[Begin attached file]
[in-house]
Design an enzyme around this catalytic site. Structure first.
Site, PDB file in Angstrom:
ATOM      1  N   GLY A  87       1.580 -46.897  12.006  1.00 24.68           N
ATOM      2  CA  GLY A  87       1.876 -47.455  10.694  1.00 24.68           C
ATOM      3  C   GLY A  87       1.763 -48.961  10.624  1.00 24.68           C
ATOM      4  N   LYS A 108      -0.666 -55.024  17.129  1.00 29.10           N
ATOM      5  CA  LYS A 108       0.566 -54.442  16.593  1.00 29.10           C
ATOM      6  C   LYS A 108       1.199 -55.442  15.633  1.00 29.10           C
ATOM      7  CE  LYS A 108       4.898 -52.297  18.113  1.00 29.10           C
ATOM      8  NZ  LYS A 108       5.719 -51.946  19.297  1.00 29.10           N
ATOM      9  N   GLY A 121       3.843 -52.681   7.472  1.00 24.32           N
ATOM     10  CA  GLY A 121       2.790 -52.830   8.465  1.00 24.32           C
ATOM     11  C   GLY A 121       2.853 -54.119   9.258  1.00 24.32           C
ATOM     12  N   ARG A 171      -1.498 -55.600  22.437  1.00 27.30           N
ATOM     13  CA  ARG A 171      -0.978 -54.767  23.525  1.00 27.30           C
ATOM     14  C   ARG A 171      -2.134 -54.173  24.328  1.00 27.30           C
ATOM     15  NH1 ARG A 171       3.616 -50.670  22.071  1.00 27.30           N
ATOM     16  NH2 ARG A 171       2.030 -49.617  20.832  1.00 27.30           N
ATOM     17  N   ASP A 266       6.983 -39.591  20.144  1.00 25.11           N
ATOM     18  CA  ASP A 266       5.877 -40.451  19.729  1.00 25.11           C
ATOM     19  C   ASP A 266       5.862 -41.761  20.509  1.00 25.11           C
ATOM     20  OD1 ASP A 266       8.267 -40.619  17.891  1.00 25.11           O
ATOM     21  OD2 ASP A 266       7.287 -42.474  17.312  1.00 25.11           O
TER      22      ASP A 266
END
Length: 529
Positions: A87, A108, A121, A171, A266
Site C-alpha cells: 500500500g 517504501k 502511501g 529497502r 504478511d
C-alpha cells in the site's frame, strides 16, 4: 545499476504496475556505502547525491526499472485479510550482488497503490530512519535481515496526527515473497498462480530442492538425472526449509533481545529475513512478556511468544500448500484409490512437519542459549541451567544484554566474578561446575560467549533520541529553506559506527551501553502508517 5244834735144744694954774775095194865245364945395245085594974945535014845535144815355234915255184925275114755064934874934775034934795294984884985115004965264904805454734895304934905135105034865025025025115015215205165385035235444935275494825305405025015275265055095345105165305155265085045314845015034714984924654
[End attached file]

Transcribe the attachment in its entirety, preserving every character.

[in-house]
Design an enzyme around this catalytic site. Structure first.
Site, PDB file in Angstrom:
ATOM      1  N   GLY A  87       1.580 -46.897  12.006  1.00 24.68           N
ATOM      2  CA  GLY A  87       1.876 -47.455  10.694  1.00 24.68           C
ATOM      3  C   GLY A  87       1.763 -48.961  10.624  1.00 24.68           C
ATOM      4  N   LYS A 108      -0.666 -55.024  17.129  1.00 29.10           N
ATOM      5  CA  LYS A 108       0.566 -54.442  16.593  1.00 29.10           C
ATOM      6  C   LYS A 108       1.199 -55.442  15.633  1.00 29.10           C
ATOM      7  CE  LYS A 108       4.898 -52.297  18.113  1.00 29.10           C
ATOM      8  NZ  LYS A 108       5.719 -51.946  19.297  1.00 29.10           N
ATOM      9  N   GLY A 121       3.843 -52.681   7.472  1.00 24.32           N
ATOM     10  CA  GLY A 121       2.790 -52.830   8.465  1.00 24.32           C
ATOM     11  C   GLY A 121       2.853 -54.119   9.258  1.00 24.32           C
ATOM     12  N   ARG A 171      -1.498 -55.600  22.437  1.00 27.30           N
ATOM     13  CA  ARG A 171      -0.978 -54.767  23.525  1.00 27.30           C
ATOM     14  C   ARG A 171      -2.134 -54.173  24.328  1.00 27.30           C
ATOM     15  NH1 ARG A 171       3.616 -50.670  22.071  1.00 27.30           N
ATOM     16  NH2 ARG A 171       2.030 -49.617  20.832  1.00 27.30           N
ATOM     17  N   ASP A 266       6.983 -39.591  20.144  1.00 25.11           N
ATOM     18  CA  ASP A 266       5.877 -40.451  19.729  1.00 25.11           C
ATOM     19  C   ASP A 266       5.862 -41.761  20.509  1.00 25.11           C
ATOM     20  OD1 ASP A 266       8.267 -40.619  17.891  1.00 25.11           O
ATOM     21  OD2 ASP A 266       7.287 -42.474  17.312  1.00 25.11           O
TER      22      ASP A 266
END
Length: 529
Positions: A87, A108, A121, A171, A266
Site C-alpha cells: 500500500g 517504501k 502511501g 529497502r 504478511d
C-alpha cells in the site's frame, strides 16, 4: 545499476504496475556505502547525491526499472485479510550482488497503490530512519535481515496526527515473497498462480530442492538425472526449509533481545529475513512478556511468544500448500484409490512437519542459549541451567544484554566474578561446575560467549533520541529553506559506527551501553502508517 5244834735144744694954774775095194865245364945395245085594974945535014845535144815355234915255184925275114755064934874934775034934795294984884985115004965264904805454734895304934905135105034865025025025115015215205165385035235444935275494825305405025015275265055095345105165305155265085045314845015034714984924654